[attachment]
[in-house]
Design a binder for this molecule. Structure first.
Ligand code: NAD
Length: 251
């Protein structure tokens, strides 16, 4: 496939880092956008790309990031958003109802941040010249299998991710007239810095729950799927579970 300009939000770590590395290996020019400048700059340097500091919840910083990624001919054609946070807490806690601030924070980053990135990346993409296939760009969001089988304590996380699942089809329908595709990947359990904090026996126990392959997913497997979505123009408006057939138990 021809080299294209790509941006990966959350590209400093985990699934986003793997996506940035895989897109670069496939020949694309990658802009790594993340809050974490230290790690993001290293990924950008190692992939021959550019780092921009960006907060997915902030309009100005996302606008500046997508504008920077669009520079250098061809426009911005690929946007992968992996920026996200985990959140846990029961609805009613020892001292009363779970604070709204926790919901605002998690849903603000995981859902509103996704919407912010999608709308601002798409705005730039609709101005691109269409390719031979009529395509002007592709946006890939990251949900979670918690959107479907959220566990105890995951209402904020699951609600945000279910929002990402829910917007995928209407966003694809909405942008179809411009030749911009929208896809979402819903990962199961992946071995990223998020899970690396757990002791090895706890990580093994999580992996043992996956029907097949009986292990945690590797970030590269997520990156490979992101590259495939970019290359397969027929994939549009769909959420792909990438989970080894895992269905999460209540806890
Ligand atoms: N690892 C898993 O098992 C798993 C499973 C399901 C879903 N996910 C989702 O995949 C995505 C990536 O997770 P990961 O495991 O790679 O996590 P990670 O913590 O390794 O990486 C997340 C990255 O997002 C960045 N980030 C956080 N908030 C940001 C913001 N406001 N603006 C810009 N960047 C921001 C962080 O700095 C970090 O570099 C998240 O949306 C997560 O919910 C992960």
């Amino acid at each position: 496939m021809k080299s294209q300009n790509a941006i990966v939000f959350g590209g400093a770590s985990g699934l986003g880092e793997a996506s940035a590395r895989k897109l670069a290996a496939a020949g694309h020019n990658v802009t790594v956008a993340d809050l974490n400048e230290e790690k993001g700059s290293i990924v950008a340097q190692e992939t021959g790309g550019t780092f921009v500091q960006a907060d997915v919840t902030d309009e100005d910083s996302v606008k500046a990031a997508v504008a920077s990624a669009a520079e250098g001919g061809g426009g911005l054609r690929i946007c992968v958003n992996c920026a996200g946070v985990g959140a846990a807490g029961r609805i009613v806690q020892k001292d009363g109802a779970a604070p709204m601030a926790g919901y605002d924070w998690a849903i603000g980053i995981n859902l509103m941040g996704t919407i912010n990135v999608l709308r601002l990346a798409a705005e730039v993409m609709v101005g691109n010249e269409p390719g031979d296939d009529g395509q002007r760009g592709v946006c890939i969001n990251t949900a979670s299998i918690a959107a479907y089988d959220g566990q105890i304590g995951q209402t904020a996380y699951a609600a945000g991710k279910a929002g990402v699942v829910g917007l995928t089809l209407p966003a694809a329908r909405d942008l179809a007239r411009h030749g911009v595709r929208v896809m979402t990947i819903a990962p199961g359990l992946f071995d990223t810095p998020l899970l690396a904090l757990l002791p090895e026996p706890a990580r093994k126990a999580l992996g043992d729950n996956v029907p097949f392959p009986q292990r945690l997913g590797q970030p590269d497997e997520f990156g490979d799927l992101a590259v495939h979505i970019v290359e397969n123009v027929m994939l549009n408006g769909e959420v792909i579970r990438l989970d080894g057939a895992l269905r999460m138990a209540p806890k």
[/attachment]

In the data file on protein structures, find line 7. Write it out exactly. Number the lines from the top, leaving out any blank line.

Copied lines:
């Amino acid at each position: 496939m021809k080299s294209q300009n790509a941006i990966v939000f959350g590209g400093a770590s985990g699934l986003g880092e793997a996506s940035a590395r895989k897109l670069a290996a496939a020949g694309h020019n990658v802009t790594v956008a993340d809050l974490n400048e230290e790690k993001g700059s290293i990924v950008a340097q190692e992939t021959g790309g550019t780092f921009v500091q960006a907060d997915v919840t902030d309009e100005d910083s996302v606008k500046a990031a997508v504008a920077s990624a669009a520079e250098g001919g061809g426009g911005l054609r690929i946007c992968v958003n992996c920026a996200g946070v985990g959140a846990a807490g029961r609805i009613v806690q020892k001292d009363g109802a779970a604070p709204m601030a926790g919901y605002d924070w998690a849903i603000g980053i995981n859902l509103m941040g996704t919407i912010n990135v999608l709308r601002l990346a798409a705005e730039v993409m609709v101005g691109n010249e269409p390719g031979d296939d009529g395509q002007r760009g592709v946006c890939i969001n990251t949900a979670s299998i918690a959107a479907y089988d959220g566990q105890i304590g995951q209402t904020a996380y699951a609600a945000g991710k279910a929002g990402v699942v829910g917007l995928t089809l209407p966003a694809a329908r909405d942008l179809a007239r411009h030749g911009v595709r929208v896809m979402t990947i819903a990962p199961g359990l992946f071995d990223t810095p998020l899970l690396a904090l757990l002791p090895e026996p706890a990580r093994k126990a999580l992996g043992d729950n996956v029907p097949f392959p009986q292990r945690l997913g590797q970030p590269d497997e997520f990156g490979d799927l992101a590259v495939h979505i970019v290359e397969n123009v027929m994939l549009n408006g769909e959420v792909i579970r990438l989970d080894g057939a895992l269905r999460m138990a209540p806890k």